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Discussion Starter #1
Having just seen the lovely pictures of Andrew's labs clearing stock fence with wire strand over the top, it prompts me to ask your opinions on allowing your dogs to jump fences like this. My friend's dog had a nasty incident when picking up on monday when she got caught in wire and was hanging from her back leg upside down. It took two people to hold her weight and a long wait for someone to rescue them with wire cutters. Thank goodness they were with others at the time.

When I pick up I am often a long way from anyone. I do not allow my dogs to jump fences unless I put my coat on the top first. They do agilty, so are very capable of clearing the jumps, I am just too afraid of them slipping and catching themselves. My boys will always seek a hole that they can squeeze through, even if I am out of sight.

I have come unstuck at working tests because my boys won't jump unless I am close - but I think the safety aspect outweighs the lost marks.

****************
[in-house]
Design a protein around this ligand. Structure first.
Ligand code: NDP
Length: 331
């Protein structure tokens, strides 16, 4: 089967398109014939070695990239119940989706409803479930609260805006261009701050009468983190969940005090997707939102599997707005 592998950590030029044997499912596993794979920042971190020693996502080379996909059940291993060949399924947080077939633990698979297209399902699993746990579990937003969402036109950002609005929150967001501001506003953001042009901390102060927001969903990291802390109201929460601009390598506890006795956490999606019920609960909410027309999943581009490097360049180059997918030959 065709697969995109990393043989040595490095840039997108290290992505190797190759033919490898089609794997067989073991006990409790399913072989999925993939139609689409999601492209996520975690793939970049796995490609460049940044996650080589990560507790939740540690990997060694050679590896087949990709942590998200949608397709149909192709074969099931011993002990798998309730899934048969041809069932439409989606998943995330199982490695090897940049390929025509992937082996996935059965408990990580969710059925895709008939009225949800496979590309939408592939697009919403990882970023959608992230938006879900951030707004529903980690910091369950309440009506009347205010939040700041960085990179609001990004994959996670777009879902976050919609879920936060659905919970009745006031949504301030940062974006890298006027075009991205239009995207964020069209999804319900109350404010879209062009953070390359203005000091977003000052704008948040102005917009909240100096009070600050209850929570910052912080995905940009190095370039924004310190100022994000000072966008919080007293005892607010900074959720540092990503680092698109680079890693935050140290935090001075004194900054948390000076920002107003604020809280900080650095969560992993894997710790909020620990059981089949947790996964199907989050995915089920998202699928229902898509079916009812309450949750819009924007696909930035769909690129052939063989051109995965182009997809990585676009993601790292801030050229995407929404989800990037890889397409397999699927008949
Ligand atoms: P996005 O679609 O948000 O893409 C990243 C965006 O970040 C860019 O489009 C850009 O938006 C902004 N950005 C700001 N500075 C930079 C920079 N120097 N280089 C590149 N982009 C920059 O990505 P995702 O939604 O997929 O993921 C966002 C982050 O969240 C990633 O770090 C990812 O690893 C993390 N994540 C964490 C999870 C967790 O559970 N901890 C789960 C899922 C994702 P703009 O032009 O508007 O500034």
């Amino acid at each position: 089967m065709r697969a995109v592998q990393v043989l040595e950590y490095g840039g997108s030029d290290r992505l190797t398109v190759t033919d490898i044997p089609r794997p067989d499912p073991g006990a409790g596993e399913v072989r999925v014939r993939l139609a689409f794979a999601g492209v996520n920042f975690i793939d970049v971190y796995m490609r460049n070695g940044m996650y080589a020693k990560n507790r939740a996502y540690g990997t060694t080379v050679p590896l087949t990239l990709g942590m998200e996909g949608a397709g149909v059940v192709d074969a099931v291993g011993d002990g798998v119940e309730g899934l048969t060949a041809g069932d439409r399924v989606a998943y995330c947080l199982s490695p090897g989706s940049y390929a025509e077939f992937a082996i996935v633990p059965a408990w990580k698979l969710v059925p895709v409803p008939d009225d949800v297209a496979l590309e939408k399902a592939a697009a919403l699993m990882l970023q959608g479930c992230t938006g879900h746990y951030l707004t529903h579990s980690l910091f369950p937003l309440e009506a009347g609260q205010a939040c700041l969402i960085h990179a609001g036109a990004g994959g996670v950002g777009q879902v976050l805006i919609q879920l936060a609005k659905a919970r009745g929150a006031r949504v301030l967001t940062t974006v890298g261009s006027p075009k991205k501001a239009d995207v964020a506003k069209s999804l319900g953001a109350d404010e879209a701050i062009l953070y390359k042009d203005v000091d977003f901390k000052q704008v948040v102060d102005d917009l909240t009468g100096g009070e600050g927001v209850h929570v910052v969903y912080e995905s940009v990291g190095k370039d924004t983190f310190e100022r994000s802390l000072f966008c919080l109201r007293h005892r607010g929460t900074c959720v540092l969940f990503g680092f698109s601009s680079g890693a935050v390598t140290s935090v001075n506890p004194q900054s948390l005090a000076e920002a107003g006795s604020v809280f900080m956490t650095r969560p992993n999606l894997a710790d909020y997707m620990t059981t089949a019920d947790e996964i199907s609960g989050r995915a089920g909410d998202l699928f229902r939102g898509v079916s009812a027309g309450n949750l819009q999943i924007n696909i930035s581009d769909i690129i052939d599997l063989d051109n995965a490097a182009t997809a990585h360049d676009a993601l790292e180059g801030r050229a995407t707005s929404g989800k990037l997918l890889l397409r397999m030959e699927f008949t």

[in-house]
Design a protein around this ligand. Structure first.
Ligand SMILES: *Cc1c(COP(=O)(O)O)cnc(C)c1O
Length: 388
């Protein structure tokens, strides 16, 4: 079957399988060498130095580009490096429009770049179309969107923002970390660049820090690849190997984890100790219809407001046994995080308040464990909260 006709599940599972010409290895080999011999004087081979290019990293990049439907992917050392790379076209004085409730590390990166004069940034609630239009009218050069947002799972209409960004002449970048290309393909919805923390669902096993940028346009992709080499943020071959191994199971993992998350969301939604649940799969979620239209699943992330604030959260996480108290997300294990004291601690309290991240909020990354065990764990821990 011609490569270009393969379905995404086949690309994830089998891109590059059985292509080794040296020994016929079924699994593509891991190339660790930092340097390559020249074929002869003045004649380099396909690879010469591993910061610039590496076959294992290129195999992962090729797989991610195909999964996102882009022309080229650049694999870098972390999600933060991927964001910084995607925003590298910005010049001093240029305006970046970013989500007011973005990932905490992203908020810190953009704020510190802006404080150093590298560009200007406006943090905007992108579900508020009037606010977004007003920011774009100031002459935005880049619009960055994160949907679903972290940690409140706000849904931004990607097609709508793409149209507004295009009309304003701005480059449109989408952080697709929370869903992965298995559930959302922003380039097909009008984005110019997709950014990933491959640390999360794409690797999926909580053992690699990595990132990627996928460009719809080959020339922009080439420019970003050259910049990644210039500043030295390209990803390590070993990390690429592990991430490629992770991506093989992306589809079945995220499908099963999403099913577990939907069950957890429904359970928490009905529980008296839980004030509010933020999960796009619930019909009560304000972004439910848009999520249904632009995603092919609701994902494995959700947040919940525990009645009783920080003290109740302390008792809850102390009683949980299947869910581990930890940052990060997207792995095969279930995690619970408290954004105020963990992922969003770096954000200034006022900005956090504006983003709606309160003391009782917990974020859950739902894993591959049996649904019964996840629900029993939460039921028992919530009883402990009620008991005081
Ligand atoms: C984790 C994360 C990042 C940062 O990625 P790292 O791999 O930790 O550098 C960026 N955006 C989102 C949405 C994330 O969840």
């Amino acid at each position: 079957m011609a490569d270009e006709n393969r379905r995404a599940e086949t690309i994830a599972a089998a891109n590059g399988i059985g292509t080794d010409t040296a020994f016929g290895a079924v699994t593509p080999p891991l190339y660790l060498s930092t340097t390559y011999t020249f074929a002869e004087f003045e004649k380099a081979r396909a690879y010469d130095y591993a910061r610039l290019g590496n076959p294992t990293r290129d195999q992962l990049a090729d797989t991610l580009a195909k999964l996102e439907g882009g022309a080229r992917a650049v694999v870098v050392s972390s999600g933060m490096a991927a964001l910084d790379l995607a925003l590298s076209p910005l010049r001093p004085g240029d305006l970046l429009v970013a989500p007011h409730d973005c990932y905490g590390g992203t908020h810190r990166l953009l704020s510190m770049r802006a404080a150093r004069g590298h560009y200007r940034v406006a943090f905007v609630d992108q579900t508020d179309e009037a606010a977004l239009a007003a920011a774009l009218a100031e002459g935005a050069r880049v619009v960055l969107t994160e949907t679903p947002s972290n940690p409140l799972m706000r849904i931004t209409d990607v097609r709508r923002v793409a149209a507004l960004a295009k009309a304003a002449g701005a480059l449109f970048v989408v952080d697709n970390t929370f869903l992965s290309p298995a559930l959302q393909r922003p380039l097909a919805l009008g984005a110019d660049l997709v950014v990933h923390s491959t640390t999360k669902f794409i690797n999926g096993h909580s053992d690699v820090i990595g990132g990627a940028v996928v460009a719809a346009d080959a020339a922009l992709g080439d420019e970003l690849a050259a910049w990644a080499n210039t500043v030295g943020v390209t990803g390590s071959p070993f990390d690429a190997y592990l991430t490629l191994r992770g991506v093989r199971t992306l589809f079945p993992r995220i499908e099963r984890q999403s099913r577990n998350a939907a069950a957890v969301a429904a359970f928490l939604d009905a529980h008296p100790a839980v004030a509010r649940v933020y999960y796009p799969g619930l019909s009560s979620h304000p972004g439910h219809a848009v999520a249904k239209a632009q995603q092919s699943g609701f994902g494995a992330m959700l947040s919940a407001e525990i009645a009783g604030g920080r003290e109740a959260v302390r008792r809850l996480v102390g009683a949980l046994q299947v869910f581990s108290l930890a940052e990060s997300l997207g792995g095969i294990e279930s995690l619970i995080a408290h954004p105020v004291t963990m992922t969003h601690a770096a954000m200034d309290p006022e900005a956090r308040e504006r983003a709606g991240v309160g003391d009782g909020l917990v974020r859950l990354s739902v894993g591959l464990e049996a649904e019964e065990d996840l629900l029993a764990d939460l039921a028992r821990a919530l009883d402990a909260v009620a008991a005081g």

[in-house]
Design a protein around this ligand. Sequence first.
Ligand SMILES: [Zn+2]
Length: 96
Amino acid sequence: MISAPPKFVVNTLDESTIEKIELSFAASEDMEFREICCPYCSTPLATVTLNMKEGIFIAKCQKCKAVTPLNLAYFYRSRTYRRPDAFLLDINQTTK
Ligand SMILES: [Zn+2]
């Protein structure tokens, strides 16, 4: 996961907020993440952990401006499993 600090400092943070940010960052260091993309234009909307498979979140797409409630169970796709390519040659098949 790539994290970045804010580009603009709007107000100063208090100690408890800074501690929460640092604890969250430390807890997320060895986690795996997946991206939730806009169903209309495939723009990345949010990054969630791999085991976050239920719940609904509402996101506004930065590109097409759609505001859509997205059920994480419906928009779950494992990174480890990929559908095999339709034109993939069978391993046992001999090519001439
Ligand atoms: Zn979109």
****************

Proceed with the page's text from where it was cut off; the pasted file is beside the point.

What are your views?

Katy
 

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I dont like mine jumping fences with Barb wire along the top and so dont encourage it, but when out on boxing day picking up (which was a great day) shady couldnt believe her luck as we havn't been out for a couple years picking up due to moving and life being complicated, as I looked to watch were a bird fell and turned back Shady had cleared a fence picked and come back over again I wish I had my camera as it would have made a great picture. I encourage them to jump Gates and wooden rails but not wire. I guess it depends on the dog and the owner knowing his ability to whether or not the dog can clear it safely. :D
 

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We do 'play' jumps with Roo when out on walks (he doesn't work) and I send him for retrieves over obstacles. However, I don't send him over wire fences, only wooden rails and gates. I will send him over metal gates, brick walls and hedges etc, but nothing that he could get tangled up in.